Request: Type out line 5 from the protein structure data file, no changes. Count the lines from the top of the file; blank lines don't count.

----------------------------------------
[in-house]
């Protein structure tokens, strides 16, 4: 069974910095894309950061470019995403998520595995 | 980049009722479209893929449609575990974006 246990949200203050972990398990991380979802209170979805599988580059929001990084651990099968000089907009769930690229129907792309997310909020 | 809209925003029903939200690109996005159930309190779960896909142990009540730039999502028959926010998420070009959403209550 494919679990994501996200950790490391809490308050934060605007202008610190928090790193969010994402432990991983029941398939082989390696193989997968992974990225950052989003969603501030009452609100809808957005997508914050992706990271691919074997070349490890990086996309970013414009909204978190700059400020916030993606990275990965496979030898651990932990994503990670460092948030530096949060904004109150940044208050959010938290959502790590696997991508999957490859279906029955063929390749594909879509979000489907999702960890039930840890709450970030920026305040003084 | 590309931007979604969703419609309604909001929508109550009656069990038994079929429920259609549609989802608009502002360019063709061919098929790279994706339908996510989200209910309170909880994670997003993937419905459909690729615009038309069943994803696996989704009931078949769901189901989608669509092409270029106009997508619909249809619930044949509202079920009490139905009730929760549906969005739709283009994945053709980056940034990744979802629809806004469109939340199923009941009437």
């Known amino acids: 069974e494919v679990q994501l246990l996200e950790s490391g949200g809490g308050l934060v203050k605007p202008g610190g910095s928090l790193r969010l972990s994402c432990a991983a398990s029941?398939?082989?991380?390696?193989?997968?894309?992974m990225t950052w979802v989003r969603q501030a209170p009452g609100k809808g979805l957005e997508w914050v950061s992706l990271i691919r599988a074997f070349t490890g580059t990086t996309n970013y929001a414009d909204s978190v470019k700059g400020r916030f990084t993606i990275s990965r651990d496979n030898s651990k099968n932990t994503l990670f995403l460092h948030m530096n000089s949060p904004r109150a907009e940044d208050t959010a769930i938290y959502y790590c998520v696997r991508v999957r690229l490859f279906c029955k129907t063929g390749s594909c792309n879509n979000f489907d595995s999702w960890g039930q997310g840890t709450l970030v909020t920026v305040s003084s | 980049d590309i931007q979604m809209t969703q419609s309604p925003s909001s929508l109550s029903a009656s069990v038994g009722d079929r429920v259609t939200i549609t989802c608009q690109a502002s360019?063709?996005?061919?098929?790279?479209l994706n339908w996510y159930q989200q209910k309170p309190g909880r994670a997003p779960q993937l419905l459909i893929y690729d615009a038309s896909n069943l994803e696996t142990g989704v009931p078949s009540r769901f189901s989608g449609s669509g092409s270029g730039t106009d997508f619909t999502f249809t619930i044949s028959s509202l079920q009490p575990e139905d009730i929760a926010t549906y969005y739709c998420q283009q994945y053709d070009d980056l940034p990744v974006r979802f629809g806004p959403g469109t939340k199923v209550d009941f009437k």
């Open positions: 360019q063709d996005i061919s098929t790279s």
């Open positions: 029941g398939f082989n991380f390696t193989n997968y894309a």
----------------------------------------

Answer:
């Open positions: 029941g398939f082989n991380f390696t193989n997968y894309a």